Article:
"Sometimes last year, the [wide receivers] would be double or triple-teamed so we just had to move around a lot to get open," Hunter said. "[Last year], the running game struggled, but this year, we have a good run game so it's going to help us out."
Although confidence doesn't win games, it definitely does help. Hunter spoke highly of Georgia's defense, as well as their secondary, but feels prepared for the challenge.
"They're good, they're all experienced," Hunter said. "I know they have a real athletic group back there [in the secondary], Bacarri Rambo is back, too, so it's going to be tough. We're just going to try to take advantage of [what we know] and do what we can in practice."
"I know we had a good run game last week so I think that's going to open up the running game a lot," Hunter said. "I think that's going to help us out and if everything clicks, then I think we have a chance at winning."
One of Tennessee's key struggles has been playing a 60-minute game. Hunter says just "keeping our head in the game and keeping the focus on the field is the key."
The 3-1 Vols are doing a good job of not letting their one SEC loss hinder them coming into Georgia week.
"I'm very confident [coming into the Georgia game]," Hunter said. "We have a good team and everybody is clicking and having good practices and we haven't had any mental errors. [A road win] would be so big. We're going on the road to a top-five team so it would be great for us to get a win."
HARRIS' QUICK RETURN NO SURPRISEMost athletes take anywhere from six to 12 months to recover from an ACL tear. For Christian Harris, who suffered his injury on the first day of spring practice, it was five.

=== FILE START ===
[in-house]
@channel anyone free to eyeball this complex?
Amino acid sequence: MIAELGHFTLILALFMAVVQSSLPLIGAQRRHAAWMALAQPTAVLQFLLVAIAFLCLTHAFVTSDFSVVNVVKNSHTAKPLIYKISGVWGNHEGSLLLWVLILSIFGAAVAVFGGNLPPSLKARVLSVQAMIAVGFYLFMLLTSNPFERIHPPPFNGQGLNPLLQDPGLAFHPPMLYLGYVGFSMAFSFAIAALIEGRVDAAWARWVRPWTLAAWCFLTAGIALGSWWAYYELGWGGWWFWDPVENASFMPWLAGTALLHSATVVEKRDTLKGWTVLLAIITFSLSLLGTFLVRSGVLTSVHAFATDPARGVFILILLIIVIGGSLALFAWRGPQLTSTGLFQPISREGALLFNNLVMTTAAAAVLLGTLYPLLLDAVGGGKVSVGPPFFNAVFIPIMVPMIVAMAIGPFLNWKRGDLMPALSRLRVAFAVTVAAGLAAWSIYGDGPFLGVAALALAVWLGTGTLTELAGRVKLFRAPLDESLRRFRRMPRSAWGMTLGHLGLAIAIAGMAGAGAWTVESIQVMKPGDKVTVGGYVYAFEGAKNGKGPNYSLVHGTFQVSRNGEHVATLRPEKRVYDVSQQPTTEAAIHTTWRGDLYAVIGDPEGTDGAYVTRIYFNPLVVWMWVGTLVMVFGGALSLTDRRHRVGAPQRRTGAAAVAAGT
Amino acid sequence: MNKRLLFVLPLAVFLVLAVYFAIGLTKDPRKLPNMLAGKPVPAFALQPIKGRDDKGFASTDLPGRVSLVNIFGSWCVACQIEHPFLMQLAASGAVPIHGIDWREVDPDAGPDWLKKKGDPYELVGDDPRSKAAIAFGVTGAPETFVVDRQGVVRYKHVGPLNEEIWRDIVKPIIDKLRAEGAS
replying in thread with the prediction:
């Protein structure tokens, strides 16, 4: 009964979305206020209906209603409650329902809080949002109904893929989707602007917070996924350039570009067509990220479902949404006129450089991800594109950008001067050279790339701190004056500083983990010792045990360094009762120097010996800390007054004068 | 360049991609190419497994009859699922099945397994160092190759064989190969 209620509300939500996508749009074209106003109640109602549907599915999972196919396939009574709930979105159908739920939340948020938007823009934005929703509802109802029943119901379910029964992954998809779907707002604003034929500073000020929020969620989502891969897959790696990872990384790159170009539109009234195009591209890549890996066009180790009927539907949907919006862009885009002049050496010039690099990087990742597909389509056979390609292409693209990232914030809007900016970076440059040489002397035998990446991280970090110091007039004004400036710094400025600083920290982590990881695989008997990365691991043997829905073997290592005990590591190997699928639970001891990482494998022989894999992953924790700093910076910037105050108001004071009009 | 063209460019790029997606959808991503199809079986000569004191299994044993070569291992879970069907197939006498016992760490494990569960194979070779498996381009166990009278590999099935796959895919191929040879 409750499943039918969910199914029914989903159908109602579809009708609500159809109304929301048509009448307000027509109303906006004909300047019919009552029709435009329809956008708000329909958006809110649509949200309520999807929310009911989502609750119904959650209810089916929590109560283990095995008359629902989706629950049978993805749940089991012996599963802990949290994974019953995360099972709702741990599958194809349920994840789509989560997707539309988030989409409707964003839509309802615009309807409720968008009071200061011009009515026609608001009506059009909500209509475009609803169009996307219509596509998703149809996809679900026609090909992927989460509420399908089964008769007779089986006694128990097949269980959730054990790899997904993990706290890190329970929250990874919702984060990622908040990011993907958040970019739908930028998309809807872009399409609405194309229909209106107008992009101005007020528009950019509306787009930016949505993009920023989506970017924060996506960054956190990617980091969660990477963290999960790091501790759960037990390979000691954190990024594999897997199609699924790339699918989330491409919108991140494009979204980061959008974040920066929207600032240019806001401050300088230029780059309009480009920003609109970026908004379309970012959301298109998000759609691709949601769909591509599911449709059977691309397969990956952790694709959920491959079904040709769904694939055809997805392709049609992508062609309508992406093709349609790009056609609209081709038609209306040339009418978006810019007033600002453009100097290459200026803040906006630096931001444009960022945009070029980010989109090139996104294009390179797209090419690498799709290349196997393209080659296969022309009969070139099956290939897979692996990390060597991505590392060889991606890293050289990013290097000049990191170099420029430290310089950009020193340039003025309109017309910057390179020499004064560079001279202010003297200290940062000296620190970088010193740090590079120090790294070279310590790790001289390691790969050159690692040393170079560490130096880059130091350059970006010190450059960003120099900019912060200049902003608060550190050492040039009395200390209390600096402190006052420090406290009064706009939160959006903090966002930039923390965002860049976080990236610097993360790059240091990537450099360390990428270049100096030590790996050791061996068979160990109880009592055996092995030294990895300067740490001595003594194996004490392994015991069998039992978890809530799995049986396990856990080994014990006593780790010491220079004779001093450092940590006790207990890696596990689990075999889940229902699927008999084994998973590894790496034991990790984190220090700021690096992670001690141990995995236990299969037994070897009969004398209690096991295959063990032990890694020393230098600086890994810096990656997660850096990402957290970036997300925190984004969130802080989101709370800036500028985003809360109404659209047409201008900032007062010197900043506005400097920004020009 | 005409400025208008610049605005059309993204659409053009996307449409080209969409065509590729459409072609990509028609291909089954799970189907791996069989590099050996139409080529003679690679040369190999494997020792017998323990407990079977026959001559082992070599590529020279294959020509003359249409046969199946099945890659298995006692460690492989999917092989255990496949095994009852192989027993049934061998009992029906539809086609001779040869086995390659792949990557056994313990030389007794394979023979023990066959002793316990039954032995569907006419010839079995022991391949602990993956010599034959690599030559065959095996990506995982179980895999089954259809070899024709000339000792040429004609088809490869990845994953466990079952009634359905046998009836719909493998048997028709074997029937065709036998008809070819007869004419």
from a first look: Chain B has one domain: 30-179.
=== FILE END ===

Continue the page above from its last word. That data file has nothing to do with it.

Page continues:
"He has recovered pretty quickly from his ACL," Dooley said. "From the day he got hurt, that is all he was focused on. How quickly can I get back. Generally, when you combine the right mind set with the right body type you come back pretty quickly. He is tough."
Harris' quick return came as no surprise to fellow linebacker Herman Lathers.
"It's a fast turnaround, but he is a guy that came in and busted his butt every day," Lathers said. "He is in rehab a couple of times a day. He's a guy that is going to work, he's always in the weight room working, so I'm not surprised that he is back this early because he worked for it and he deserves it."
VOL NETWORK STADIUMCAST AT GEORGIAThe Vol Network's on-site "StadiumCast" frequency for Tennessee's game at Georgia will be 93.3 on the FM dial. Fans attending the Tennessee-Georgia game at Sanford Stadium can tune into the Vol Network broadcast at the stadium by bringing a portable radio. The Vol Network's pre-game "Kickoff Call-In Show" begins at 2 p.m. ET/1 p.m. CT on Saturday.